What about Jochen Mass - spent a lot of time in the German Merchant Navy before racing, and used to own a rather splendid yacht (a proper one with sails and so on not one of these motorised gin palaces!) didn't he?

pete

#9 ghinzani

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Posted 30 August 2002 - 12:24

Originally posted by petefenelon


What about Jochen Mass - spent a lot of time in the German Merchant Navy before racing, and used to own a rather splendid yacht (a proper one with sails and so on not one of these motorised gin palaces!) didn't he?

pete


He certainly did - until his Captain wrecked it on a rock in a harbour in about 89 or 90 !! Jochen was non too pleased!

#10 FEV

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Posted 31 August 2002 - 07:34

Thanks for another great Ireland tale Doug !

#11 KJJ

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Posted 02 September 2002 - 10:42

Yes, thank you Doug for another marvellous story. Surely the multi-talented Innes deserves a biographer, not just Ireland the racing driver but also the man of action in so many fields, the writer and journalist etc.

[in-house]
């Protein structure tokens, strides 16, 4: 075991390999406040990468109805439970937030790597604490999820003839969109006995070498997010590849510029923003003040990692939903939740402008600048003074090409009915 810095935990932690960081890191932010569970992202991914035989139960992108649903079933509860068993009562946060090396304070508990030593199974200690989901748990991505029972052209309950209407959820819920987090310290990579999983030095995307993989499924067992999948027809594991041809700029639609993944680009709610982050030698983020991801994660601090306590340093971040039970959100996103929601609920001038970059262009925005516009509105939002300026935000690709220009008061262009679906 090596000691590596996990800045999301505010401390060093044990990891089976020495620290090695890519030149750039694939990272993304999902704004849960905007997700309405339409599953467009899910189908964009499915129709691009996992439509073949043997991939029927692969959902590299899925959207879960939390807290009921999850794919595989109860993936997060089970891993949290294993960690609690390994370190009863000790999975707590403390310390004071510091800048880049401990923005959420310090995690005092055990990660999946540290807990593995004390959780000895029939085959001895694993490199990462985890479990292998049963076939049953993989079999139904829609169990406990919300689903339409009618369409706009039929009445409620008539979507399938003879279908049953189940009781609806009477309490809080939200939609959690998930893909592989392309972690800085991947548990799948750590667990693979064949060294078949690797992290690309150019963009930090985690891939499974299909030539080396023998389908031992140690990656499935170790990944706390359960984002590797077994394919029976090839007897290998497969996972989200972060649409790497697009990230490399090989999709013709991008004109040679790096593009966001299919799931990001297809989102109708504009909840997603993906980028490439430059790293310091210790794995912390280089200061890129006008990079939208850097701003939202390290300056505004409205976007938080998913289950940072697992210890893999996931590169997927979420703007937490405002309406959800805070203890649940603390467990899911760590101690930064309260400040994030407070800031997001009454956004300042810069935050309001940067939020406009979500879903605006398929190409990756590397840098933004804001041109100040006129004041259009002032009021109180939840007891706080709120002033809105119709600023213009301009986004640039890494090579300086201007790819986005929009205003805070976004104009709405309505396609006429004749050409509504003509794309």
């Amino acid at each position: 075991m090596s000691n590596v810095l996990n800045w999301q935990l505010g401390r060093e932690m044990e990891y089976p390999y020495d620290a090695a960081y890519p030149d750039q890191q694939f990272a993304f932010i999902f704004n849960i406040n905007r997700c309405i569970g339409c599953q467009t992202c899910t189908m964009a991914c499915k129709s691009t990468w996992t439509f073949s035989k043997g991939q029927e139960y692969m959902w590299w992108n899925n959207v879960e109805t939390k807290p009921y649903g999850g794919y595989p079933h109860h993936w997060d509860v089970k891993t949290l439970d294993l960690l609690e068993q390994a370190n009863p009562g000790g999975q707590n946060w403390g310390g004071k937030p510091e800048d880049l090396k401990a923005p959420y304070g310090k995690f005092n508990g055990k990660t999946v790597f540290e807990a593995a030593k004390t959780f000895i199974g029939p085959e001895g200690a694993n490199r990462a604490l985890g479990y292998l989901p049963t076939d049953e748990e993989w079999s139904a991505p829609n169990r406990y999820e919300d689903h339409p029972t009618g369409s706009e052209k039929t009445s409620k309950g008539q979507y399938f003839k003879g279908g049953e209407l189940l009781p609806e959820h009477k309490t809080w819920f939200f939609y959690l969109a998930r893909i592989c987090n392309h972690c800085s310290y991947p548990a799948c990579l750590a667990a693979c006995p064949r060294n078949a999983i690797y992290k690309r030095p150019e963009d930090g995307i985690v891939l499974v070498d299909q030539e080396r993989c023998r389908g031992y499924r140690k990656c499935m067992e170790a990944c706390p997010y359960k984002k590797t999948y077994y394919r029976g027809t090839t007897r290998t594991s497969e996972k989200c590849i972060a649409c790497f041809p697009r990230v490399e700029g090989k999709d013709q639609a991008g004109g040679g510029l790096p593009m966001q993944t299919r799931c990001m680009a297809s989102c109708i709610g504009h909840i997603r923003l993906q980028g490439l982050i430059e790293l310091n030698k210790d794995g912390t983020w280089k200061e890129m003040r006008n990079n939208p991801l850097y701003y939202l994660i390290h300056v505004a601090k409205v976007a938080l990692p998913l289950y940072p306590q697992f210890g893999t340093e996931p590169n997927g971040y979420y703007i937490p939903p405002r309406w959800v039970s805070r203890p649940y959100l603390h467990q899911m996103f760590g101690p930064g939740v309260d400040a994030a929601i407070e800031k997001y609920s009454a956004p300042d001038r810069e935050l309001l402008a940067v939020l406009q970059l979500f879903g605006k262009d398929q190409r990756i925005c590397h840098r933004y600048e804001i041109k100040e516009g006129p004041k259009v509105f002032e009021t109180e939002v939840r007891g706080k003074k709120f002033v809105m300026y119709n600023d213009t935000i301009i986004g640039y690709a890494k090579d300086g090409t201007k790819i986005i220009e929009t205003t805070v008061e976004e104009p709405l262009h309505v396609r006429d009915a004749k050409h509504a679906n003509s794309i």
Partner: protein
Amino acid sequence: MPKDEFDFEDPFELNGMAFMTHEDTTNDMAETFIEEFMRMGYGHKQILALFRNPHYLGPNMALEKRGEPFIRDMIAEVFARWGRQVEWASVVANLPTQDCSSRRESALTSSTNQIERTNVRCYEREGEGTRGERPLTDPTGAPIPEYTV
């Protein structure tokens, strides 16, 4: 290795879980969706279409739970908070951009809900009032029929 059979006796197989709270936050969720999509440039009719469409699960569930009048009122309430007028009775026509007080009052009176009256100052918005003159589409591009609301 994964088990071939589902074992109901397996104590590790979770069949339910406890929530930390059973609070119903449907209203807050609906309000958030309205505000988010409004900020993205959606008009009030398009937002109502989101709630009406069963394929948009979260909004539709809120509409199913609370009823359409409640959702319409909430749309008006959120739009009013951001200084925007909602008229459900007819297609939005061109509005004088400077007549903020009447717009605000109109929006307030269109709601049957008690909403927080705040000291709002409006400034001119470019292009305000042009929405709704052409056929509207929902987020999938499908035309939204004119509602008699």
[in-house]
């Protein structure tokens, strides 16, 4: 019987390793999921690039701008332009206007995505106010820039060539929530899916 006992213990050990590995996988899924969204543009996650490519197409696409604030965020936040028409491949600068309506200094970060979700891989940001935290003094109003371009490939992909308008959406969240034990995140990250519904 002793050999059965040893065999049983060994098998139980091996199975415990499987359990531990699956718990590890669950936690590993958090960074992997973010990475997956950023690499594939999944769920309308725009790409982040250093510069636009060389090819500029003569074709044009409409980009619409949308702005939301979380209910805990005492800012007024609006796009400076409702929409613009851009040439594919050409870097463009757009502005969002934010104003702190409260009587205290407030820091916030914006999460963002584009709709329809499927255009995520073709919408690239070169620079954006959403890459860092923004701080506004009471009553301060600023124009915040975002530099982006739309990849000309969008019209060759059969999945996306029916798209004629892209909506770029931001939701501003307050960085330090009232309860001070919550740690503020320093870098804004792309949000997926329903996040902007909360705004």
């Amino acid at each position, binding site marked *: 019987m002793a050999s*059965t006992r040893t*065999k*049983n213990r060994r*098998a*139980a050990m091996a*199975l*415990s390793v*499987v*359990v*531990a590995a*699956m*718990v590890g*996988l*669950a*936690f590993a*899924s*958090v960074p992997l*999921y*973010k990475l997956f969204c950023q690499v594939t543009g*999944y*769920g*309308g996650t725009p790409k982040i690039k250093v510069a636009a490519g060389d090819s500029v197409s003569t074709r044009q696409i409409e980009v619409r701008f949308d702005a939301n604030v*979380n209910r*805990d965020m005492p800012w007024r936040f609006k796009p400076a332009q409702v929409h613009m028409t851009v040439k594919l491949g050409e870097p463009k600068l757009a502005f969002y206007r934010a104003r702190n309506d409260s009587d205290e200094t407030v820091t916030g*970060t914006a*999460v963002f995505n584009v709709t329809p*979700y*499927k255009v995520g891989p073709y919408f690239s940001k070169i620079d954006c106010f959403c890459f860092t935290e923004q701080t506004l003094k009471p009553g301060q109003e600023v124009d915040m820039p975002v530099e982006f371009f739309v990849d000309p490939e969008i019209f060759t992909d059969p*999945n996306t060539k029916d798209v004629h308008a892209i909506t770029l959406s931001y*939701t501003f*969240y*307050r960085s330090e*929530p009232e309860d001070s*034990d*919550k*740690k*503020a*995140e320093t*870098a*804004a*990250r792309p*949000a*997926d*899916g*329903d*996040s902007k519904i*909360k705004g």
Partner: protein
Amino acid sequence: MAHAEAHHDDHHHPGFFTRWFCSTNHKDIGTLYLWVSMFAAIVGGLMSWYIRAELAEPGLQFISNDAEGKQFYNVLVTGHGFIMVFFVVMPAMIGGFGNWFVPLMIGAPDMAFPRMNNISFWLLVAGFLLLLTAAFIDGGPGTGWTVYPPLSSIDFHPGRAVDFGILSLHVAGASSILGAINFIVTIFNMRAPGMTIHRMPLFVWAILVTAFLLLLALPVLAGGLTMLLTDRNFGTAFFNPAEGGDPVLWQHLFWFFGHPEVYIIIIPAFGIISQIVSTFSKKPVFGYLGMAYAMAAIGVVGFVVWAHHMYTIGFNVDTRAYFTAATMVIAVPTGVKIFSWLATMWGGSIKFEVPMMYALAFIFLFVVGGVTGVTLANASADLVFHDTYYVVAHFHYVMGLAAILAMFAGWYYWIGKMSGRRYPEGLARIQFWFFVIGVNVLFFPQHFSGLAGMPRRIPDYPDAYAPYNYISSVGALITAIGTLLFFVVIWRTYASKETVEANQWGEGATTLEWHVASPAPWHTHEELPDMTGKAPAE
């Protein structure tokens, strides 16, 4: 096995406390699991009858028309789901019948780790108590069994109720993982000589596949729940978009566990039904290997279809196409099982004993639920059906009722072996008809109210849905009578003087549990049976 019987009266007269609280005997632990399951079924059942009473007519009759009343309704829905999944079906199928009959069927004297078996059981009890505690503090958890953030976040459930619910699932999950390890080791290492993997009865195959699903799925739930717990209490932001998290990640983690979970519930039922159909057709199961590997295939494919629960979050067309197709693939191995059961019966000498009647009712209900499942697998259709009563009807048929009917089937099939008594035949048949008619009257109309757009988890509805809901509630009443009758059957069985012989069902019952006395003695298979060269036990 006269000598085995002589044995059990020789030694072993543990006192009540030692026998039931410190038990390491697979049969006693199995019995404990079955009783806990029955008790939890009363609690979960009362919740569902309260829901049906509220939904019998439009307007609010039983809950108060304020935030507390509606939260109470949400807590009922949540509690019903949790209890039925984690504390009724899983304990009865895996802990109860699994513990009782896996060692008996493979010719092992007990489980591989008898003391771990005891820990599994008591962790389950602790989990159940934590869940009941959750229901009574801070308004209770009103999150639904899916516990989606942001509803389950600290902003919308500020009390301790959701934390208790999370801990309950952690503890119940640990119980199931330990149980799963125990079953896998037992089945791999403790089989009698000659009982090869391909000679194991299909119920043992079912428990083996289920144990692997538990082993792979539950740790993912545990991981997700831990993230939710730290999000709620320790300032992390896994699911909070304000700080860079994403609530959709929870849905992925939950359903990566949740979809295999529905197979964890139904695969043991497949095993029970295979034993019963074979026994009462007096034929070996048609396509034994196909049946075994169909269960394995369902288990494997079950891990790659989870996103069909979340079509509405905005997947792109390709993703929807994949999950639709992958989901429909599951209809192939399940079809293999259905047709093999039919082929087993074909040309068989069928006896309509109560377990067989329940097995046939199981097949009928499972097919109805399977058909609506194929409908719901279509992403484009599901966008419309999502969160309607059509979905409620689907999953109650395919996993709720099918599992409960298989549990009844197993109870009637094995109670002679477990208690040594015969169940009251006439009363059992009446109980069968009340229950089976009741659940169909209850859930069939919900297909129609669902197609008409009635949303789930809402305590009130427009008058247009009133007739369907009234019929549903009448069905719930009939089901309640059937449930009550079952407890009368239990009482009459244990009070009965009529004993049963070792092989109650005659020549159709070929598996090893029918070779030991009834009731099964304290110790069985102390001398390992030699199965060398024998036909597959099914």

I get the feeling that Innes did not get close to achieving his potential and that his drinking diminished him, would that be true? The obituaries also hint at various tragedies in his life, I guess his son’s death would be one, any others, or perhaps this forum isn’t the place?

#12 Doug Nye

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Posted 02 September 2002 - 13:57

Originally posted by KJJ
The obituaries also hint at various tragedies in his life, I guess his son’s death would be one, any others, or perhaps this forum isn’t the place?


You have named the worst tragedy of all - but you are absolutely right in the latter remark... Let's just remember Innes for the fun and for some fine drives. He was whole-hearted in his sport, and pretty honest and well-intentioned in his writings...let's leave it at that...

DCN